Half of Eldest Boomers Were Able to Retire

It’s the beginning of a very long process, but trend looks good

The average retired boomer says she will be The average retired boomer says she will be "old" at 79. (Photo: Courtesy Raymond James, from TV ad)

If present trends continue, Americans might not be as bad off for retirement as once thought. While it’s admittedly still a very big “if,” the MetLife Mature Market Institute reports that one year into baby boomer retirement almost one-half (45%) of 65-year-olds are now fully retired (up from 19% in 2008).

“Despite the conventional wisdom that boomers are ready to ‘work forever’ and significantly extend their formal working career, many of the oldest boomers are already well into the retirement phase,” the institute says in a report. “Almost twice as many 65-year-olds in 2011 stated that they were fully retired as were working full-time at age 65 (45% versus 24% respectively). A large majority of those who have transitioned into their retirement also report that they are well satisfied with this new stage of their lives.”

Of those still working, over one-third anticipated that they will retire within the coming year, when they turn 66 and are eligible for full Social Security retirement benefits. Despite this anticipation, a small minority (15%) are unconvinced of the Social Security program’s long-term sustainability, and slightly more (21%) are fully convinced that it will be around. Almost two-thirds (63%) are also currently collecting Social Security retirement benefits. At the same time, of the 65-year old boomers who have not retired, many are considering working until even longer than in the past. Consistent with prior studies, major concerns are having adequate finances, staying active and productive and covering long-term care costs.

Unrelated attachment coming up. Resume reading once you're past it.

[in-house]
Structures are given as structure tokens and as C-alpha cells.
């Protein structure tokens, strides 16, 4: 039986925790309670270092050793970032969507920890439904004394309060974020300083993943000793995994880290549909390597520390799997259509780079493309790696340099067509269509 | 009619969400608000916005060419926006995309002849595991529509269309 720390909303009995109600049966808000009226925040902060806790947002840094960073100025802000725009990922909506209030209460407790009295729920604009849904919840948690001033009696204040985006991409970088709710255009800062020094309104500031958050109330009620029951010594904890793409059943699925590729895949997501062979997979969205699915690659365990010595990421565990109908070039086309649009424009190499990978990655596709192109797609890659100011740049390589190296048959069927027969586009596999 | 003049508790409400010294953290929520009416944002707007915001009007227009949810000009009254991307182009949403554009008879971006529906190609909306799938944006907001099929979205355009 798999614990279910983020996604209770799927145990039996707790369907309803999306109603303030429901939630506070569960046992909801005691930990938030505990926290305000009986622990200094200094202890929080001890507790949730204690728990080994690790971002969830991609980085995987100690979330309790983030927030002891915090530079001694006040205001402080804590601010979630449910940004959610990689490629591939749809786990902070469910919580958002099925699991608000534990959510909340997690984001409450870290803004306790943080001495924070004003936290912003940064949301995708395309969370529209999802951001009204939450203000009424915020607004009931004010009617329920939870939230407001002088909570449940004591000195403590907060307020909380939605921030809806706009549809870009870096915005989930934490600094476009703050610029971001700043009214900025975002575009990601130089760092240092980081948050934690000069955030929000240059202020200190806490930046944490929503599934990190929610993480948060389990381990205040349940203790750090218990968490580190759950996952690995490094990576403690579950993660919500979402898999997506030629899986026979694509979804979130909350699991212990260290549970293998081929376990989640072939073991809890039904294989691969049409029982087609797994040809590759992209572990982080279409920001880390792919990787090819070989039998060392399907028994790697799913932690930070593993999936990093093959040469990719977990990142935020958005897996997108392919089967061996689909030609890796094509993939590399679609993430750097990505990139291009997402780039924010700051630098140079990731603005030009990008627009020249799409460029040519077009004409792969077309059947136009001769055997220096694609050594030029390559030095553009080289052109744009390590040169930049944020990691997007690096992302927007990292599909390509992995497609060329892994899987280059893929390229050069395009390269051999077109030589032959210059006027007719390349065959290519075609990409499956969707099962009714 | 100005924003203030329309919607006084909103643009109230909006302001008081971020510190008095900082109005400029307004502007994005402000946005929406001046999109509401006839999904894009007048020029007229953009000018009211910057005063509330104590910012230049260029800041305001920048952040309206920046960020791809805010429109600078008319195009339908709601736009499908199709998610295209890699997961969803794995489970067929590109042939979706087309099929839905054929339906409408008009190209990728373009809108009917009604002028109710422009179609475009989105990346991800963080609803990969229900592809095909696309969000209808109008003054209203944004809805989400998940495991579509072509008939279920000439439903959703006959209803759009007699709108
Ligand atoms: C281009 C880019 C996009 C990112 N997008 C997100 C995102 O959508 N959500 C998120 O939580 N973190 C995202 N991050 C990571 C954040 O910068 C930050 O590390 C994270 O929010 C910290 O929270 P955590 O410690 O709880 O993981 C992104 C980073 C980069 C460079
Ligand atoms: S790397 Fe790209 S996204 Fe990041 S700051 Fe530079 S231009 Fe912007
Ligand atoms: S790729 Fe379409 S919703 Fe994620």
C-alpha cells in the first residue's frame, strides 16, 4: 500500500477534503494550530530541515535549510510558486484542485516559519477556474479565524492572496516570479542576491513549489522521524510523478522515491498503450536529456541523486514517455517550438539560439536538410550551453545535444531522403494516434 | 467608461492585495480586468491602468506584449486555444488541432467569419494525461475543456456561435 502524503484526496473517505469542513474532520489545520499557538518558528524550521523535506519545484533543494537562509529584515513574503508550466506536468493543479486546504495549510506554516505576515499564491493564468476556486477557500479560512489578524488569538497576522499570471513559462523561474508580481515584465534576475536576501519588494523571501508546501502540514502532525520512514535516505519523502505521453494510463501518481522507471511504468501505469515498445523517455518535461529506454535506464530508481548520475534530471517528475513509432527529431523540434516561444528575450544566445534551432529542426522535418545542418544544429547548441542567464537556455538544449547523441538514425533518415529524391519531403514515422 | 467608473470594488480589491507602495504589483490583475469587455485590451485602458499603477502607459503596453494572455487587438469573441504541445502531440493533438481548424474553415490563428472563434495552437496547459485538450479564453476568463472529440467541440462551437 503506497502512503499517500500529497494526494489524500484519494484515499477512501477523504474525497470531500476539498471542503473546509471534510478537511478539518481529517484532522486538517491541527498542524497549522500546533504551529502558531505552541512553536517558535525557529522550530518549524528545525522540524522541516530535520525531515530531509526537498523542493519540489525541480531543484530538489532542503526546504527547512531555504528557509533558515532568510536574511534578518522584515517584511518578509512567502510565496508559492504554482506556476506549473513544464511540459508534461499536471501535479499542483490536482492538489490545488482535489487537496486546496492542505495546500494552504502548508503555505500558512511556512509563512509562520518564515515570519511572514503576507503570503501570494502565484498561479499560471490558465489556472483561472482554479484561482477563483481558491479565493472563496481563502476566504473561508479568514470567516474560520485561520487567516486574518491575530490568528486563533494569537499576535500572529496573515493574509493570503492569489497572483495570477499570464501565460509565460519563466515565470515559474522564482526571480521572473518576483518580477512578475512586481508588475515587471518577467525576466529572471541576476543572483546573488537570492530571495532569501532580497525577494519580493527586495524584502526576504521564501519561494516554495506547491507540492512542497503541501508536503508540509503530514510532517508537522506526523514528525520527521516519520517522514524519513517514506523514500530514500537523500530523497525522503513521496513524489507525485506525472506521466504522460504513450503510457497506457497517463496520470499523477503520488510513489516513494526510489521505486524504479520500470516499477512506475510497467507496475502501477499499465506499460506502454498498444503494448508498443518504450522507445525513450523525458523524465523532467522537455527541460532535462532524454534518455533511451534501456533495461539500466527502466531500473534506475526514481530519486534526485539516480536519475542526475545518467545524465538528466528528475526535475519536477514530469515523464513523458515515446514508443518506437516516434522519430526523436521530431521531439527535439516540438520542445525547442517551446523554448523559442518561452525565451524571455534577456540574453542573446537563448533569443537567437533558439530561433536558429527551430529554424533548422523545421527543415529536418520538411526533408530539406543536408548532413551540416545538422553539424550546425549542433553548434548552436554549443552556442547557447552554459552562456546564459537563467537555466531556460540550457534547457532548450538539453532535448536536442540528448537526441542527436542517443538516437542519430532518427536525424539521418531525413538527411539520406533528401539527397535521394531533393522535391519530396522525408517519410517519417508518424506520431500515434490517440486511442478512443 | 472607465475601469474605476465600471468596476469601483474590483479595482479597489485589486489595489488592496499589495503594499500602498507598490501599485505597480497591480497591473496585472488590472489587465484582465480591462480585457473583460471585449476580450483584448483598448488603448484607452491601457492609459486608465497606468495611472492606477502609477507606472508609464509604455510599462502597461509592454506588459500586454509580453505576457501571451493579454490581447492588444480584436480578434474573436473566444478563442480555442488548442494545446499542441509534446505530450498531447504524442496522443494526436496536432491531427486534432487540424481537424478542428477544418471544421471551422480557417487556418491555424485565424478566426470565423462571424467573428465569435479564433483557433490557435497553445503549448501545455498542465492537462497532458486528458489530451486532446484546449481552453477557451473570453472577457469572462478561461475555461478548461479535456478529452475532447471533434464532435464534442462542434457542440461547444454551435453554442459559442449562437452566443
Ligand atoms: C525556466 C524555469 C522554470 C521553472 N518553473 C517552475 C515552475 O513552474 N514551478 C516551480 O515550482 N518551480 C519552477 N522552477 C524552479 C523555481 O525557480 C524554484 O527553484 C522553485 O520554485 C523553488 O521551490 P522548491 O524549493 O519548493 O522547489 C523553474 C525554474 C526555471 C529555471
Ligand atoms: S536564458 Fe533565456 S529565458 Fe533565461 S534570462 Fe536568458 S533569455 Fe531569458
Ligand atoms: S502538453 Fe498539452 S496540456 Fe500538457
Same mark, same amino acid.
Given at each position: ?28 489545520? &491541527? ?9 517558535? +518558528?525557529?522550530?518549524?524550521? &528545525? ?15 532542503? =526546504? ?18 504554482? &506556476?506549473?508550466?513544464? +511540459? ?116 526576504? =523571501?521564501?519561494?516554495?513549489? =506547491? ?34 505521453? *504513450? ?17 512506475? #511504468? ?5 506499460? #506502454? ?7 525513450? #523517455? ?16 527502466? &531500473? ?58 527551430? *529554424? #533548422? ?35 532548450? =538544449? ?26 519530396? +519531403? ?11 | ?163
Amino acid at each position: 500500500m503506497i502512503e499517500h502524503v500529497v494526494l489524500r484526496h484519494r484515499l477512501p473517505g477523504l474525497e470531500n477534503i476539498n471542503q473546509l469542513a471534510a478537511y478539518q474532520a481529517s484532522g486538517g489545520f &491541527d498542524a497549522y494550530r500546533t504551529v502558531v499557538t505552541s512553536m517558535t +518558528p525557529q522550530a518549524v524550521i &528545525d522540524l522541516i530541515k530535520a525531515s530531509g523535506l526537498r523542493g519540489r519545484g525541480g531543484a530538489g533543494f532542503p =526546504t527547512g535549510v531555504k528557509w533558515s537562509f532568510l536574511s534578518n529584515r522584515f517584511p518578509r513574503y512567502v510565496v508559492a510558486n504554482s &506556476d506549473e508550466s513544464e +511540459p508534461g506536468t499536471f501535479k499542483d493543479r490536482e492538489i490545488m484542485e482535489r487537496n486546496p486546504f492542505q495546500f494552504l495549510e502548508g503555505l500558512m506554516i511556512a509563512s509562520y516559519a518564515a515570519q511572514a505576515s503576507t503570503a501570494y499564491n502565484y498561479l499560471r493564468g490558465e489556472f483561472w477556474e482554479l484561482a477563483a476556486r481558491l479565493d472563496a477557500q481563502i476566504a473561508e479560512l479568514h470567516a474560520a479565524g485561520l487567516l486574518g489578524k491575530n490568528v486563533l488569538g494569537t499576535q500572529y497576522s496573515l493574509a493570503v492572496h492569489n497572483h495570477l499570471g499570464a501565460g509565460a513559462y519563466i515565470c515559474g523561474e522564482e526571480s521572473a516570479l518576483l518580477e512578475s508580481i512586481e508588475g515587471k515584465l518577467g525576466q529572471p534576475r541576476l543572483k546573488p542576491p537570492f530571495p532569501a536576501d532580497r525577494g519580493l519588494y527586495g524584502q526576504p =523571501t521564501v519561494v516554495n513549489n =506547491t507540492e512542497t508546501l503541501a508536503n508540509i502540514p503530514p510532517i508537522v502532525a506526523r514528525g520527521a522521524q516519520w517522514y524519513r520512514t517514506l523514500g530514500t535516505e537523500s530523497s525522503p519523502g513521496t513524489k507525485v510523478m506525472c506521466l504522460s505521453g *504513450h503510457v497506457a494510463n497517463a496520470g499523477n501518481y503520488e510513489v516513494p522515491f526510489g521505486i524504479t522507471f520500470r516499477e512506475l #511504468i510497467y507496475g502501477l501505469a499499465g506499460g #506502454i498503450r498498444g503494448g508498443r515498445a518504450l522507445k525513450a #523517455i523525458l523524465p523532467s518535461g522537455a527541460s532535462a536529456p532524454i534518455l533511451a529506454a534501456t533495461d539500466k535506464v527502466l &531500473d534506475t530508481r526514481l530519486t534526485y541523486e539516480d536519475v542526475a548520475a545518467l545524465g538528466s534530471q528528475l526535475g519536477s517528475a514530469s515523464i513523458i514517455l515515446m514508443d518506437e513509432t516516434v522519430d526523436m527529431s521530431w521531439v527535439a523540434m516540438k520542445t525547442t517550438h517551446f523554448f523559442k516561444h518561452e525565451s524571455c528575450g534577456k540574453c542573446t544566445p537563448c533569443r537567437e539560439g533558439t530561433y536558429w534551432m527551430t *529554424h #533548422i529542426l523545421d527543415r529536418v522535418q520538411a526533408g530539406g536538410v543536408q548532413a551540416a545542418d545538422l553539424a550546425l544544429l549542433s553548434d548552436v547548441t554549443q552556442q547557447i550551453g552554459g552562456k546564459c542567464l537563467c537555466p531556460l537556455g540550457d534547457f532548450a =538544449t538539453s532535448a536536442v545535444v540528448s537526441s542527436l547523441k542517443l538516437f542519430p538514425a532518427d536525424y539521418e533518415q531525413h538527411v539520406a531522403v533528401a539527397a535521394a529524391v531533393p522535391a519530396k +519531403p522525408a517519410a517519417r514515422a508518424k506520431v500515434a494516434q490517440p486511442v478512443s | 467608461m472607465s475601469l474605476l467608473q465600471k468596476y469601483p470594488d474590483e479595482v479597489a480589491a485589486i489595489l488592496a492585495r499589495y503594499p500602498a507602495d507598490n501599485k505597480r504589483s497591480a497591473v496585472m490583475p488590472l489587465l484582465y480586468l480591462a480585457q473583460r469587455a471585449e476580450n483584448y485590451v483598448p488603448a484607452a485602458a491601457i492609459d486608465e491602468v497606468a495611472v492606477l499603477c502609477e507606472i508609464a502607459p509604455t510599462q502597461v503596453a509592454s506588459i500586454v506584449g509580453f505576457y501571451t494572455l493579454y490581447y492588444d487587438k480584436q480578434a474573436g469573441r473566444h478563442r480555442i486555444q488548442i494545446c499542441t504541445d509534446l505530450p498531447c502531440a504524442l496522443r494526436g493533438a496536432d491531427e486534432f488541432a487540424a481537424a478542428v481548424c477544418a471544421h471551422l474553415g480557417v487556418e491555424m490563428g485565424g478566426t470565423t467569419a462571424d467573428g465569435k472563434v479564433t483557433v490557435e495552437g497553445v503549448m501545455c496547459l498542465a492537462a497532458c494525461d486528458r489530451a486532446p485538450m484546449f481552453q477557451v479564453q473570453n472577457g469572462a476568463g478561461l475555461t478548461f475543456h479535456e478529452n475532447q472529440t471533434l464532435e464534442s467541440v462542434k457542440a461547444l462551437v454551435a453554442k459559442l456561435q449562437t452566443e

With a large majority of these oldest boomers without a living parent (76%) and 83% of those with children now also having grandchildren, much of their attention has turned to these younger generations. Of the approximately one in four who have at least one living parent, the incidence and activity of elder care has remained steady at 14%.

The respondents also revealed that concerns about the recession may be waning, although it still clearly concerns many, with 43% expressing optimism about the future (next 25 years). In this regard, 25% relate it to their personal finances and 22% to their health. Of those pessimistic, most attribute this to the government (49%) or the economy (21%).

Although health reasons play a major role in the decision to retire earlier than anticipated, a majority report good health and more than two-thirds report no change in their health status. This may be a factor in why the oldest boomers continue to push back the age at which they view themselves as old, now postponing this declaration until age 79, a full year later than they indicated in 2007.

Almost four in 10 respondents (37%) who retired earlier than they had planned cite health-related reasons for doing so; another 16% cited loss of a job or job opportunities. Those who retired later than they had planned mention needing a salary to pay for day-to-day expenses (27%) and a desire to stay active (13%) as the reasons for delaying retirement.

The majority of the oldest boomers (63%) have also started receiving Social Security benefits; of those, half started collecting before they had originally planned. Six in 10 boomers are at least somewhat confident in the ability of Social Security to provide adequate benefits for their lifetime.

Seven in 10 retirees report liking retirement “a lot” while another two in 10 say they “like it somewhat.” The majority of boomers like the word “retirement” to describe their life stage and feel it is as they expected it to be.

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